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Plumbing Our Depths
By Judith Gayle | Political Waves

SOMETHING MYSTIFYING happened this week, broadcast live on television across the nation. Someone spoke to us as if we were adults who had the ability to ponder our deepest sociopolitical divides and plumb the depths of our hearts to find our vast commonalities. He asked us to take responsibility for our own emotional and intellectual process as regards the racial fear and bias that is institutionalized in the United States -- accepted, ignored and unexplored. Barack Obama opened a conversation that has been largely tabled since Lincoln wore a stove-pipe hat.

While the speech itself had the properties of an awakening, the response to it should be carefully examined as a litmus paper of our ability...or perhaps our willingness...to take in such a profound topic and deal with it rationally. Rush Limbaugh, bastion of conservative hate radio, crowed that Obama has finally resolved the question among his own about whether he is black enough to represent them and that his entire campaign will now be about his race. The 24/7 news media immediately dissected his comments to see how it would play with which constituencies and how it might further his candidacy, handicapping the race. The op/ed columns give an admiring nod to his unexpected courage and nuance in addressing this complex topic, while warning that he had not 'healed' the wounds he suffered by the nations exposure to the commentary of his pastor, Rev. Jeremiah Wright, Jr. His own supporters testified that they'd never been so proud of a candidate, and the liberal blogosphere at large resonated with lump-in-the-throat emotion that someone had finally and thoughtfully addressed this third rail of American politics -- or perhaps more rightly, American dysfunction.

When the Founding Fathers put together this Republic, neither people of color nor women were represented as full citizens. If we look at that initial moment as a sociopolitical contract drawn and established, then what is lacking in this experiment in 'life, liberty and the pursuit of happiness' is the complete spectrum, by more than half, of its inheritors. That was the default position of the British colonies, and the imprint of the social realities that produced this nation. In both cases -- gender and race -- that context was primarily a financial context that served the patriarchy of the time: both women and slaves were considered a form of 'property'. It is truly ironic, today, that both a woman and a man of color are competing to lead the country into the 21st century when neither have fully realized their inheritance in the promises of the American Constitution.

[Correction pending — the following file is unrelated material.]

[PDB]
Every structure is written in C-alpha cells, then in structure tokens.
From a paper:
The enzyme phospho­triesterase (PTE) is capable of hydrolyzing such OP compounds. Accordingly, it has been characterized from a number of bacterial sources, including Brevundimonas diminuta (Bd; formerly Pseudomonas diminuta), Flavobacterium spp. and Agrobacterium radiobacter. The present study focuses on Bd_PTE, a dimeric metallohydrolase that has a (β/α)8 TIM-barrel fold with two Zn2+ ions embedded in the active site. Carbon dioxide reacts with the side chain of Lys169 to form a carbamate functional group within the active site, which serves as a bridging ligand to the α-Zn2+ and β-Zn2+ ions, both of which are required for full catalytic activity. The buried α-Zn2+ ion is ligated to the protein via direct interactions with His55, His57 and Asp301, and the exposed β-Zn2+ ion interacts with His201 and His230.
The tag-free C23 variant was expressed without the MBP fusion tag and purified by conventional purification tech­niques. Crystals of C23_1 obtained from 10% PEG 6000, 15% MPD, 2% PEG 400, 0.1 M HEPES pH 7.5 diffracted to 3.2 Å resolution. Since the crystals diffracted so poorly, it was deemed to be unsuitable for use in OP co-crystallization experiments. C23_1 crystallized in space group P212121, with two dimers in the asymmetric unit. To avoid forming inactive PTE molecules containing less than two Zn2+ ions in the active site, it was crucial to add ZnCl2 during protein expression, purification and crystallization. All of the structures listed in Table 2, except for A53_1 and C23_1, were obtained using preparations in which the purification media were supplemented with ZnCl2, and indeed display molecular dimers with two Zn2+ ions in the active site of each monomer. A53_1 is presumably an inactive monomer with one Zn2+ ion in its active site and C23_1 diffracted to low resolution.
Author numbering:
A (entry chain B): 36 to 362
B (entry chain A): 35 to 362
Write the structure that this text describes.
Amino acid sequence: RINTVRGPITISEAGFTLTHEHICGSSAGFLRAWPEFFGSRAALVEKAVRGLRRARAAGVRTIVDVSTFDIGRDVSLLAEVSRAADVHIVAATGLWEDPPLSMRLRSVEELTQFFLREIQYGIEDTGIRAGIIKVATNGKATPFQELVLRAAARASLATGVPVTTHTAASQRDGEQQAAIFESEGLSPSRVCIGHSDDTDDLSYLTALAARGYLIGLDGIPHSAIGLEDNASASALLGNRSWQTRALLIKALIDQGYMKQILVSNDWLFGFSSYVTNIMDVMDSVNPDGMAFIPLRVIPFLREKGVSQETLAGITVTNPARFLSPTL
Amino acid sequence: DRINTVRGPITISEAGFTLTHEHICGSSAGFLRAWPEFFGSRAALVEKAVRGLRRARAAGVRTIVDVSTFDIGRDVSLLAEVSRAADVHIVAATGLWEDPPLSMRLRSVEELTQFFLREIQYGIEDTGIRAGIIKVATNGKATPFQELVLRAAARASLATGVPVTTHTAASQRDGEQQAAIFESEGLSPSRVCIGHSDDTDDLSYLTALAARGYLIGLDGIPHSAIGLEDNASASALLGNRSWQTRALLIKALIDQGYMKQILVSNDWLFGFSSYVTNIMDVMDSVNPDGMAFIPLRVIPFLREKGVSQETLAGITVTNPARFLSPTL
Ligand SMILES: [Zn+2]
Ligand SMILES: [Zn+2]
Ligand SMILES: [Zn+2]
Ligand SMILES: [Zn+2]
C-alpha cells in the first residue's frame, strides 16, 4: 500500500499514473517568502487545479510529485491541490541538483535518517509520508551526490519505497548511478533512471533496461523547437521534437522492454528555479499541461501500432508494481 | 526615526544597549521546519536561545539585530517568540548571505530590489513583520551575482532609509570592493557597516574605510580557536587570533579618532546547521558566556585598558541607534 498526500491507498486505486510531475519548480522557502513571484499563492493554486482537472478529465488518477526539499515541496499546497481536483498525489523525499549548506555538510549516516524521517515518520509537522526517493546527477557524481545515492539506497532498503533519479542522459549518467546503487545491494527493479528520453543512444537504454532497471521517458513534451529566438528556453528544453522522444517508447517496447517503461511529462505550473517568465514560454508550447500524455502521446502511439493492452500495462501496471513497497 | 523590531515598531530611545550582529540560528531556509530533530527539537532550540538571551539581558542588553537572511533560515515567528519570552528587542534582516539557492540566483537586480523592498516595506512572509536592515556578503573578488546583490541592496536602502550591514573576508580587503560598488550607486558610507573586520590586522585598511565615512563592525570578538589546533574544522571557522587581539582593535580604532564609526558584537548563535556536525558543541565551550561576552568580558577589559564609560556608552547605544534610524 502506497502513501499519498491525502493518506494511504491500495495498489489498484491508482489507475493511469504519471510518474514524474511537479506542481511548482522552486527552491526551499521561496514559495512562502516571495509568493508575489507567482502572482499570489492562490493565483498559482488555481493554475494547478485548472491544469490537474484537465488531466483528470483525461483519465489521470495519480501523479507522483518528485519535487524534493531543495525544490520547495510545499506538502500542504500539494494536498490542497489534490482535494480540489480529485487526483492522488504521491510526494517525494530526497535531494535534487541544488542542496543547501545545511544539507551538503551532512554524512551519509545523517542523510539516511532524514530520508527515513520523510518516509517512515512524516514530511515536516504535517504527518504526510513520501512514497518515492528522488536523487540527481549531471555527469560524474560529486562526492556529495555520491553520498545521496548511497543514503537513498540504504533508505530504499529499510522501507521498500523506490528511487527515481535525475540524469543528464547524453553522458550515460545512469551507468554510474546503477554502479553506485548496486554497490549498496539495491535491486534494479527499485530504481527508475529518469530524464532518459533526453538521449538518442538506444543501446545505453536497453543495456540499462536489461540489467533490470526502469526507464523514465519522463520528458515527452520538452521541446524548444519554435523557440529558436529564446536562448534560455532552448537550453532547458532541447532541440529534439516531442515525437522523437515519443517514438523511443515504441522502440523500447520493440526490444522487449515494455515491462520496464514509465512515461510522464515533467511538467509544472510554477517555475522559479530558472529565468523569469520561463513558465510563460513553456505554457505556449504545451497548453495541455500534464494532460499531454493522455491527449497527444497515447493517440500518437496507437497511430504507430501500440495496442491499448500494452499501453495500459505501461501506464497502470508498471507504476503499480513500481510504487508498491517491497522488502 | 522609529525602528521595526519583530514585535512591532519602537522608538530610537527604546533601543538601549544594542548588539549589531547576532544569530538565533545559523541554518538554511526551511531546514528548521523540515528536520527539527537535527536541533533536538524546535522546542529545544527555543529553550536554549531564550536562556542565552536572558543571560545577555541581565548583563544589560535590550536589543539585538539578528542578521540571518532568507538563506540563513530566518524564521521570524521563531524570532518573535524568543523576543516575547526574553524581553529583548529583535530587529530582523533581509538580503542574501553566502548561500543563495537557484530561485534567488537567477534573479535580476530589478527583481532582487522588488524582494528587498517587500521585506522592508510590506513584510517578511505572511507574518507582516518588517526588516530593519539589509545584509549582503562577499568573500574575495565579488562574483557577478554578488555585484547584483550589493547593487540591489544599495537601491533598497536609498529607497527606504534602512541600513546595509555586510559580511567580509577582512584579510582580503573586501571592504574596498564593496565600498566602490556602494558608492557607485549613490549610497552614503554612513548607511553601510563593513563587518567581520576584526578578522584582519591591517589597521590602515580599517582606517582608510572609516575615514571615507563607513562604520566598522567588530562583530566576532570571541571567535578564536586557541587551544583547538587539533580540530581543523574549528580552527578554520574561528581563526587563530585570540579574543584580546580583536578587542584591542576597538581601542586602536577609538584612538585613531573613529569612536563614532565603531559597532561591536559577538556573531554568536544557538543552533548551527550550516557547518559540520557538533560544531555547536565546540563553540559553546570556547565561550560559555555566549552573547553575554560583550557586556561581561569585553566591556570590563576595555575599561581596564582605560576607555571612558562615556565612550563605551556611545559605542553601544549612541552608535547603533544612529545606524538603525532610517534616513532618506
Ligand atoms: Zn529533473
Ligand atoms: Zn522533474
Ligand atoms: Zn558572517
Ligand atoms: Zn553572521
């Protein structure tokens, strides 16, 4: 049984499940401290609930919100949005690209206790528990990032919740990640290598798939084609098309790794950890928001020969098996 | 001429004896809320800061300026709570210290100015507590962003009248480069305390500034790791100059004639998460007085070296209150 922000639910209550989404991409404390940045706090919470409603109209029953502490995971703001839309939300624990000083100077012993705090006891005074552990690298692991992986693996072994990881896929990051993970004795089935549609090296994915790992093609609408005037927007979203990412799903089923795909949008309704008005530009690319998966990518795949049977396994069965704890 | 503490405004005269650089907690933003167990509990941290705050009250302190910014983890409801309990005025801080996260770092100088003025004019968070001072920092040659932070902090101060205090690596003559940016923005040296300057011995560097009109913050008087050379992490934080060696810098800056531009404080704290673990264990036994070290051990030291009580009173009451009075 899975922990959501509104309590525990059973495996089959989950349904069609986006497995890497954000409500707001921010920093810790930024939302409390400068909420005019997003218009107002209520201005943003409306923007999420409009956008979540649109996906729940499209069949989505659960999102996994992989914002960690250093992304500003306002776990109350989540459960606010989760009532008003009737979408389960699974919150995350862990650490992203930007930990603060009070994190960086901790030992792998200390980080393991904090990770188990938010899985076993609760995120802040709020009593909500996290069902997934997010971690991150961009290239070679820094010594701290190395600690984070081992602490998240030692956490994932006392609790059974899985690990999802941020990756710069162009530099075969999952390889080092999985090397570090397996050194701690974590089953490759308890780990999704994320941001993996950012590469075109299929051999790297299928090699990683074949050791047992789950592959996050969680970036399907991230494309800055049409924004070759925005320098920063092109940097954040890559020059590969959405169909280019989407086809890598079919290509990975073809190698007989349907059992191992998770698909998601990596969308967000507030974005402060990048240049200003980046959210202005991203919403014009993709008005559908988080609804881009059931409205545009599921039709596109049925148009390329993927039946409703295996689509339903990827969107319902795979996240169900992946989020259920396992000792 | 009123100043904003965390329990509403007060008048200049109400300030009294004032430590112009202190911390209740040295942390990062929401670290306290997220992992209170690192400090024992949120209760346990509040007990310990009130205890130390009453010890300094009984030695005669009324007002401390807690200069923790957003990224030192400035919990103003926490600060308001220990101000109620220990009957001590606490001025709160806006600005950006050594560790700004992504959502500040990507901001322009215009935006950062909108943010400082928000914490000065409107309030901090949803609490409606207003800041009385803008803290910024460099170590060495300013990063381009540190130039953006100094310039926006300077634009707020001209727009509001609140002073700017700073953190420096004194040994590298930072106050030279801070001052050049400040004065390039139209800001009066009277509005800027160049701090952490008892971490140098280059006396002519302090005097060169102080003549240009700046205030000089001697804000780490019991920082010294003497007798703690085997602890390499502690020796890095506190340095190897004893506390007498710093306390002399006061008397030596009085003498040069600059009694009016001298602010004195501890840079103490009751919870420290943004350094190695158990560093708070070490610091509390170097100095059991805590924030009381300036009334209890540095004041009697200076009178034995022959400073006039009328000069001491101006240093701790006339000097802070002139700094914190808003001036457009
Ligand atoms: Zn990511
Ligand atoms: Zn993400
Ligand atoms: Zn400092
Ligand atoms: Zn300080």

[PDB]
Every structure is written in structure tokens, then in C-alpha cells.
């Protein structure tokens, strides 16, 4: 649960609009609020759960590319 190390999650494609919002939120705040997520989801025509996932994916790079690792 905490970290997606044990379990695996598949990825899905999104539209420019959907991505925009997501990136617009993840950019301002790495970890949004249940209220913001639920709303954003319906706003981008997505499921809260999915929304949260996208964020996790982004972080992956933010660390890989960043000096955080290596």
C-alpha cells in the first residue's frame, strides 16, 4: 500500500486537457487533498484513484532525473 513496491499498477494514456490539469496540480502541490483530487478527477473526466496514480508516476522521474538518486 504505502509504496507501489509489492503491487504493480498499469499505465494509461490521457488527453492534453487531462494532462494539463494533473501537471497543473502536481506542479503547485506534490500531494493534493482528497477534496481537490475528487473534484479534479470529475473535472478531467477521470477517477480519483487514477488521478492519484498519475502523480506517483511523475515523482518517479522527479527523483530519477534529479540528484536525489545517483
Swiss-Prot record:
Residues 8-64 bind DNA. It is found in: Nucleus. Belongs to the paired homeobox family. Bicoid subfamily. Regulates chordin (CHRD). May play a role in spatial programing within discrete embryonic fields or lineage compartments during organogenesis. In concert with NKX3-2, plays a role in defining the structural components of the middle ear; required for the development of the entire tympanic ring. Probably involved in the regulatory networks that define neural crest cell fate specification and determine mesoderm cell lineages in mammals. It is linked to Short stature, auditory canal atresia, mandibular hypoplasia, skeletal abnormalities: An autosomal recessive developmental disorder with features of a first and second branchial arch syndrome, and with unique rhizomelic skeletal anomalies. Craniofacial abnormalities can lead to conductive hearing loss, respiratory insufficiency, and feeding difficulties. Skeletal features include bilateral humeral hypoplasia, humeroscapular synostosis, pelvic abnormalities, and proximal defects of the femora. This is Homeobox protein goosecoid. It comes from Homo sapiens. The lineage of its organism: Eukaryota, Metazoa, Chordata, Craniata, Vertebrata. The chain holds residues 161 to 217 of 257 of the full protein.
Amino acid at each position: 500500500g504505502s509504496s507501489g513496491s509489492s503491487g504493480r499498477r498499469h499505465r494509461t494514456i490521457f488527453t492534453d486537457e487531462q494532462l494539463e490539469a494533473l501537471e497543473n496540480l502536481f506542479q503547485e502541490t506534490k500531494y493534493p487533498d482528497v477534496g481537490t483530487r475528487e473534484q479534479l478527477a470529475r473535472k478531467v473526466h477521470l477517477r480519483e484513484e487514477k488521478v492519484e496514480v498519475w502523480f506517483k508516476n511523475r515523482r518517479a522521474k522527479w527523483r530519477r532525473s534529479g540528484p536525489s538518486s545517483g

This nation is a work in progress. Within that original contract written by the Founders was the possibility, down the road, for an end to classism.  As landowners, that may not have been their primary intent, but their highest visions for extraordinary governance opened the way in theory. Women and blacks were ignored on the whole, creating them by default as second class citizens but not legislated against, per se (at least at first). The question of slavery polarized the colonies and the topic was tiptoed around, tabled for later -- 'later' turned into the Civil War and delivered a wound that is still sensitive, gone quiet and deep within our national psyche. Problems of race and equality have plagued us since; but, in truth, they've driven us from the dawn of time.